Listen to the UVA Today Radio Show report on this story by Rebecca Arrington:
June 21, 2011 — Children who participate in preschool programs funded through the Virginia Preschool Initiative improve their performance in kindergarten and first grade, researchers at the University of Virginia's Curry School of Education have found.
The study, conducted by senior scientist Francis Huang and Marcia Invernizzi, Henderson Professor of Education, is the first peer-reviewed analysis of the effectiveness of the Virginia Preschool Initiative program. Created in 1996, the program provides programs for at-risk 4-year-olds that include preschool education, health and social services, and transportation.
The study sought to address three questions: Does preschool attendance have a benefit for students upon kindergarten entry? Does this benefit vary by race/ethnicity? And does the early advantage seen in students who attend preschool diminish over time, a phenomenon known as "the fade-out effect"?
"We had thought that a study like this had been done in Virginia, but found that it had not been done on a large scale," Huang said. "And these questions needed to be answered, especially in a time when school budgets are tightening. While intuitively, people may feel that preschool is beneficial, the empirical evidence to support that was lacking."
The researchers evaluated a cohort of more than 60,000 students at 1,000 public schools across Virginia by following them from the beginning of kindergarten through the end of first grade. Of these students, approximately 11,000 attended a Virginia Preschool Initiative-funded program.
Students must be defined as "at-risk" to qualify for such a program, meaning they either live in poverty or are homeless, have health or developmental problems, do not speak English as a primary language, or have parents or guardians who have limited education, or are incarcerated or chronically ill.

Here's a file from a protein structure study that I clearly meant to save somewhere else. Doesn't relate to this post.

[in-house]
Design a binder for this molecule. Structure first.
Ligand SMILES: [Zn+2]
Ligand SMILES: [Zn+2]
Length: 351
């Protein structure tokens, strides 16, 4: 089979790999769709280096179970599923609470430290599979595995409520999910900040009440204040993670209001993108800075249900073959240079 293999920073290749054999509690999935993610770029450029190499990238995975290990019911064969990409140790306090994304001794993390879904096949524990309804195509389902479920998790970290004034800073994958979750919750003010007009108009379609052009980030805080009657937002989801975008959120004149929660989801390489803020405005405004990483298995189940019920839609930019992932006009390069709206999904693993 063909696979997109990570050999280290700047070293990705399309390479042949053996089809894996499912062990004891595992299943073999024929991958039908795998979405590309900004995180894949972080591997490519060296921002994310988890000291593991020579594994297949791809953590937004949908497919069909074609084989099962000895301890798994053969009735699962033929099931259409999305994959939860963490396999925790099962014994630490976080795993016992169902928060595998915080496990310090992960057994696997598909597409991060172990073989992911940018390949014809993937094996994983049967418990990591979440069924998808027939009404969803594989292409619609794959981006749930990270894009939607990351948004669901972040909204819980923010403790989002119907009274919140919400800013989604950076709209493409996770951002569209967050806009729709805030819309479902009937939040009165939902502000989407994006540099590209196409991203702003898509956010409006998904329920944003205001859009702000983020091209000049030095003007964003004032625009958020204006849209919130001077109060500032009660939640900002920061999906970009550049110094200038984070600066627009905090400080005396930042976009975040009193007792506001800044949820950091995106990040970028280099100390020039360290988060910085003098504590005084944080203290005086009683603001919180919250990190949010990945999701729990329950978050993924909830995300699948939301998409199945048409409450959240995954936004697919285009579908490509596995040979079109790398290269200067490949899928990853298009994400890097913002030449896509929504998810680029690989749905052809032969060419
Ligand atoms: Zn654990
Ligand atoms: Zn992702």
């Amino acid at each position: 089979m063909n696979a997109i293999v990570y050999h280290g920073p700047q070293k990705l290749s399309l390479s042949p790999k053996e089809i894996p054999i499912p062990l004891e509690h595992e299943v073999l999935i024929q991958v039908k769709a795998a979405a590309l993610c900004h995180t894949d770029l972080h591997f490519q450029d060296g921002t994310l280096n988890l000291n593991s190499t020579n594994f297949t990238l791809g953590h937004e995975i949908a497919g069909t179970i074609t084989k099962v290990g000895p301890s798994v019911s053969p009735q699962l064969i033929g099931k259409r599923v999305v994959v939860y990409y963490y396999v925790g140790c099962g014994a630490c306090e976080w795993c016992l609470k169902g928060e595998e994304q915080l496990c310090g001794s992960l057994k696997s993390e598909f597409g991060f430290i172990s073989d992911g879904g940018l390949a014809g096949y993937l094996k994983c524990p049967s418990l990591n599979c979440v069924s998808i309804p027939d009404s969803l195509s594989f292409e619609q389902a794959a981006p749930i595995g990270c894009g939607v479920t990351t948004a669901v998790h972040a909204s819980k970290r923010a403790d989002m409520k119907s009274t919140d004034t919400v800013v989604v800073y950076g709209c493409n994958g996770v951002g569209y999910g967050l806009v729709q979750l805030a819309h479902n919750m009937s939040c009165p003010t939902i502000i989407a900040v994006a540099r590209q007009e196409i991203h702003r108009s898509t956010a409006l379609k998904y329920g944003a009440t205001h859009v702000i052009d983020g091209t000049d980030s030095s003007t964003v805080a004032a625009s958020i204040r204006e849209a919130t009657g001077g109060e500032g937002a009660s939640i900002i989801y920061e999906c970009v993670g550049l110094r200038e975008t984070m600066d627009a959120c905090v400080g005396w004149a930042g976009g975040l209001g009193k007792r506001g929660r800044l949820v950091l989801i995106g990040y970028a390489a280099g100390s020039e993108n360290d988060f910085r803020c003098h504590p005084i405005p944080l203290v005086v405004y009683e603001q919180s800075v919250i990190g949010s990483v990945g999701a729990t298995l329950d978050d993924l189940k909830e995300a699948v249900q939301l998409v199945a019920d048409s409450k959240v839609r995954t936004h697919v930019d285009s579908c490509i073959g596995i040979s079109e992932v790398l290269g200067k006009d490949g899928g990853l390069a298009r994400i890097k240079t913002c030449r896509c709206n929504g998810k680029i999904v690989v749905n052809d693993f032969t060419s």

Researchers found that students who attend Virginia Preschool Initiative-funded programs showed improved performances in kindergarten and first grade when compared to students who did not attend any form of preschool. Researchers also found that while a disproportionately high percentage of Hispanic and African-American children are represented in these groups, these improvements were even larger for African-American students and Hispanic students as well as children with disabilities.
Specifically, these students had stronger literacy outcomes than those who did not attend any type of preschool, and they had a reduced likelihood of repeating kindergarten.
"The fact that we can show that preschool is beneficial, especially to these at-risk children, is powerful," Invernizzi said. "Our findings add to the rationale for investing in early childhood education."
Virginia's total pre-kindergarten spending was approximately $59 million in 2009, according to a National Institute for Early Education Research report.
Regarding the fade-out effect, the level of the students' improved performance did diminish over the course of the two years. However, it did not disappear completely, despite the fact that Virginia Preschool Initiative-funded students attend schools with higher levels of poverty.
"A possible factor explaining the diminished improvements is that instead of the effects of preschool attendance fading out, other students catch up," Huang said.
A particularly at-risk demographic are Hispanic students. Thirty-eight percent of Hispanic children are not enrolled in any formal preschool, while that number hovers around 20 percent for all other racial and ethnic groups.
Preschools that target these and other at-risk populations provide lasting benefits for the students, the researchers found. "Our findings are a testament to the hard work and dedication of preschool educators in Virginia," Invernizzi said.